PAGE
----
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Photo courtesy of Cindi Soderholm
Longboat Key Wednesday, Feb. 20, 2013 4 years ago

Russell the razorbill spreads his wings at new home

by: Robin Hartill Managing Editor

On Feb. 14, a razorbill named Russell took flight.

But, for this flight, he got to relax his wings, because he was on board an airplane en route to his new home at Sea World, in San Antonio.

Russell was one of hundreds of razorbills that made an unusual journey in December and January, when they began migrating to Florida. The penguin look-alikes are part of the alcid family and typically reside in cold North Atlantic waters, rarely straying south of Cape Hatteras, N.C.

Before the end of 2012, Florida had just 14 reports of razorbills.

Dr. Lou Newman, a retired veterinarian and avid wildlife photographer, wrote in an email in December that other species that are typical in the Northeast and mid-Atlantic have been turning up in the Southeast.

Alcids are sometimes driven by storms to unusual places, but, usually, large-scale invasions are driven by food shortages.

Many died after becoming emaciated and dehydrated, according to Save Our Seabirds CEO David Pilston, but one male razorbill that volunteers rescued in early January near the City Island facility survived.

Staffers and volunteers rehydrated him and tube fed him.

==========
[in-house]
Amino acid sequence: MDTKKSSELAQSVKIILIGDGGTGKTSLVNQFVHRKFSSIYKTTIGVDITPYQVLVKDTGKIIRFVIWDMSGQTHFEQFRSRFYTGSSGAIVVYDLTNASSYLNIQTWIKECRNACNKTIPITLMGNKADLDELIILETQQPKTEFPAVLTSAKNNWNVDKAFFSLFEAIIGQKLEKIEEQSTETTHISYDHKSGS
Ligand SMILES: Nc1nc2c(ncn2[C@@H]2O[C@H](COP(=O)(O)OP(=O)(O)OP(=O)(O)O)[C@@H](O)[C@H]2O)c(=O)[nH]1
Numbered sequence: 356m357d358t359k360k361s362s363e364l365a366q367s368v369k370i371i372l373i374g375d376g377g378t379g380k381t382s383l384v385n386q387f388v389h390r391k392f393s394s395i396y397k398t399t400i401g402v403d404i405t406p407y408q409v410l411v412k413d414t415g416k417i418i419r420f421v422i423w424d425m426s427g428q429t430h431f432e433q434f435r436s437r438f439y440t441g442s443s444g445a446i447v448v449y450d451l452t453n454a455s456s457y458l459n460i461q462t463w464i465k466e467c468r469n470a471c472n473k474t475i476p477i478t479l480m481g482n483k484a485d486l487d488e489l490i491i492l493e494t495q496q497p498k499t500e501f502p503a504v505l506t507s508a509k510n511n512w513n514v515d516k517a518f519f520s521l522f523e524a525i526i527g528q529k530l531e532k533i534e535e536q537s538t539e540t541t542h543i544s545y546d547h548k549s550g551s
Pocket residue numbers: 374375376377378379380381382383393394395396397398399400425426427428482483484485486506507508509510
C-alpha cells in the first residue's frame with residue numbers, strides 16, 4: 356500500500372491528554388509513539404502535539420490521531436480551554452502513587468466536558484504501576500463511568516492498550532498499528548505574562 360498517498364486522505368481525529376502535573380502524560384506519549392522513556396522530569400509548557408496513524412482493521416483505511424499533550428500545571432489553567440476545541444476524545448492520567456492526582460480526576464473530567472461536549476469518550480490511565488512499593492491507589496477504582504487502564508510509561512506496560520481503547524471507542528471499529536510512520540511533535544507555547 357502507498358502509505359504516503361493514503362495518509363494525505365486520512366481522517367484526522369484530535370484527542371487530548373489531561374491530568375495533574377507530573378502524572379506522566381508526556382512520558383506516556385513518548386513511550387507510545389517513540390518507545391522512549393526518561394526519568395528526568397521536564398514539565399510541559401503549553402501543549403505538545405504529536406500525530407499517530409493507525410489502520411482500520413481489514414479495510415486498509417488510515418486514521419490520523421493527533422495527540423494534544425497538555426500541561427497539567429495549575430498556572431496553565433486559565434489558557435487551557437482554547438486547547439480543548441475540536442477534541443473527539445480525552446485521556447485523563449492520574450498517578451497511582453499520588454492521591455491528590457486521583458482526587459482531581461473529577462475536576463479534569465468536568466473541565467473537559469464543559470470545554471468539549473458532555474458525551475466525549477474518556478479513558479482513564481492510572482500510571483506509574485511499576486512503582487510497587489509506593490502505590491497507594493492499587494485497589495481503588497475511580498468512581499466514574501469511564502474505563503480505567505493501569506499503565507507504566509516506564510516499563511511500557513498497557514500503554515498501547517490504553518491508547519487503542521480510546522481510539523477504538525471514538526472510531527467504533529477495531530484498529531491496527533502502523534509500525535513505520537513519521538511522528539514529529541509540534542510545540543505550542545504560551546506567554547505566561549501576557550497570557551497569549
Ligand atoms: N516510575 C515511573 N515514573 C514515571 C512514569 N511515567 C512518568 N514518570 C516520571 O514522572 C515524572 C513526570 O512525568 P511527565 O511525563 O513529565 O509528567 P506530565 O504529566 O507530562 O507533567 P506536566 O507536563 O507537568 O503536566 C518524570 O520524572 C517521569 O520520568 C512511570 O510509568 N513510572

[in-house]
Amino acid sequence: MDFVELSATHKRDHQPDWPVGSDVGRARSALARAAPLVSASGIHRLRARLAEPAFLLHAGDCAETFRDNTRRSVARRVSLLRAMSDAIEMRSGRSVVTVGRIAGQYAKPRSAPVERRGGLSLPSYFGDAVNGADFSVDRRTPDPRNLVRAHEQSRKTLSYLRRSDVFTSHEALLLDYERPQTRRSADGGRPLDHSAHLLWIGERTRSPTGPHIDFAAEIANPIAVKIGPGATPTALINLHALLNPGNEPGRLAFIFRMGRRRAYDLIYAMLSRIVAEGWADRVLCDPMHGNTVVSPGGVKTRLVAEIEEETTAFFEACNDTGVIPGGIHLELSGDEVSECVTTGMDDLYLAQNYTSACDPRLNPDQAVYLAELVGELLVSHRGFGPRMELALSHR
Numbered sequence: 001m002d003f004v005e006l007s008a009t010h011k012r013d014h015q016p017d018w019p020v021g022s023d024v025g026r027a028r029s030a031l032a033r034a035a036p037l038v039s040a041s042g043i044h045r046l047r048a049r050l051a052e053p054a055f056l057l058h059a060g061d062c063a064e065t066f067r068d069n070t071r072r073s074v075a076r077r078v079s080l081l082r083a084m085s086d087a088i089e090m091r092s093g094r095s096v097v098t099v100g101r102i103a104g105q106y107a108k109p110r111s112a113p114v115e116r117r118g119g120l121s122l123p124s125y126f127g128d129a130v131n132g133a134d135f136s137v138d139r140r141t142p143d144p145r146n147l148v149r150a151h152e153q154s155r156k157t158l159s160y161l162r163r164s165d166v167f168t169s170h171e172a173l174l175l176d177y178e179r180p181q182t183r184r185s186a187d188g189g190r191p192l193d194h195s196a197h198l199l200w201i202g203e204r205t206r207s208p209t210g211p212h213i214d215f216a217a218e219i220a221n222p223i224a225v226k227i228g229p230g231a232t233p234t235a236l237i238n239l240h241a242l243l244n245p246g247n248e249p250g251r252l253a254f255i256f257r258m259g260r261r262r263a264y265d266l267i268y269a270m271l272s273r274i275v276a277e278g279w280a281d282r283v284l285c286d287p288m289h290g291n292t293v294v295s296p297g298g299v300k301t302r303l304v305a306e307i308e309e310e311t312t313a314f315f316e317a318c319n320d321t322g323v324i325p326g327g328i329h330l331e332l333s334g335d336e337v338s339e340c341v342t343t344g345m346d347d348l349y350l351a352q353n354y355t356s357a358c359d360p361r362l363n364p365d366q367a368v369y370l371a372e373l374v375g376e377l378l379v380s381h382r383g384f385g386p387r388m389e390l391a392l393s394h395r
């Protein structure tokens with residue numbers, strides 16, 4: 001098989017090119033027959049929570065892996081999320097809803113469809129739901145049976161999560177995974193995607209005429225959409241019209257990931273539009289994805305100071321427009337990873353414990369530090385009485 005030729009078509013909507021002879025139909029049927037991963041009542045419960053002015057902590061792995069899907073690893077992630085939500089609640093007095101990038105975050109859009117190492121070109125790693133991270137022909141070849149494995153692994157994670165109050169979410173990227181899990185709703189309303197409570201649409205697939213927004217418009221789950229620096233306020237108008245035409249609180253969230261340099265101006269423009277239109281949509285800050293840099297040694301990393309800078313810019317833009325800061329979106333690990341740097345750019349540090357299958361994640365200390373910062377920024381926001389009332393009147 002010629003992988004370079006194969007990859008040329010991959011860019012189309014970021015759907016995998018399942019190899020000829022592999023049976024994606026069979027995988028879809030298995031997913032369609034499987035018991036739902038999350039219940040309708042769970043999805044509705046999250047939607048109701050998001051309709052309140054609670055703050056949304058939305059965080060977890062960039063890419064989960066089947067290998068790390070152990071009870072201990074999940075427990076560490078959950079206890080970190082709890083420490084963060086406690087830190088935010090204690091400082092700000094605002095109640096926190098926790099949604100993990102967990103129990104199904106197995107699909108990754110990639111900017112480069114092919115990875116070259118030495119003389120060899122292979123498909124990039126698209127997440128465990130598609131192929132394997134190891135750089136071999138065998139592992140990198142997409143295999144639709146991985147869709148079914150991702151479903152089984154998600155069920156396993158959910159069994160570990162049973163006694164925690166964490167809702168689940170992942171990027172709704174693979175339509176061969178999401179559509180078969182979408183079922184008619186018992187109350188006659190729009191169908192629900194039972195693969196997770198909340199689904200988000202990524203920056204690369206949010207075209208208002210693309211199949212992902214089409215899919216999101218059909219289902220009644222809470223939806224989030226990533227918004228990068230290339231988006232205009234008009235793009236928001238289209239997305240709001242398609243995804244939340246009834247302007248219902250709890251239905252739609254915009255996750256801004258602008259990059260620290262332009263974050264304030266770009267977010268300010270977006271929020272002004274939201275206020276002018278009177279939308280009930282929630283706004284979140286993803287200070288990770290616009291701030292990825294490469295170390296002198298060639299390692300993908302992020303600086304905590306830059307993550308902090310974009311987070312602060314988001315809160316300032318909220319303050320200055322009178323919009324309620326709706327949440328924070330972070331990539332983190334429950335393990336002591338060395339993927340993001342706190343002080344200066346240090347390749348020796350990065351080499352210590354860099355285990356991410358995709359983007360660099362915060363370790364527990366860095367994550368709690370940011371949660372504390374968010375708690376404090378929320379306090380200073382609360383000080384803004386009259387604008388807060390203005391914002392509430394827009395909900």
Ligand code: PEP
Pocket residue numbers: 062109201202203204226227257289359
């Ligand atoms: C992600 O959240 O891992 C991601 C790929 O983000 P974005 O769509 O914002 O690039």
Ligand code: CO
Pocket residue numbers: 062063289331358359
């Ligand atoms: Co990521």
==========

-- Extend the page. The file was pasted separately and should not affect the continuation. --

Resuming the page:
They nicknamed him “Russell” because they liked the sound of Russell the razorbill.

They did their best to keep him cold and brought in blocks of ice for his pond. He fattened up and started eating fish again. Before long, SOS officials realized it was time to find him a more permanent home and placed him at Sea World in San Antonio.

Last week Russell went to Busch Gardens in Tampa before catching his flight to San Antonio.

Russell still has a broken wing, which could cause problems for him if he were released into the wild because razorbills dive for their food.

It still isn’t clear whether Russell may someday be released into the wild.

According to Pilston, SOS staff already misses Russell. He’s a true survivor, he said.

“You can only keep a bird like that in captivity for so long,” Pilston said. “We’re very optimistic about his future.”

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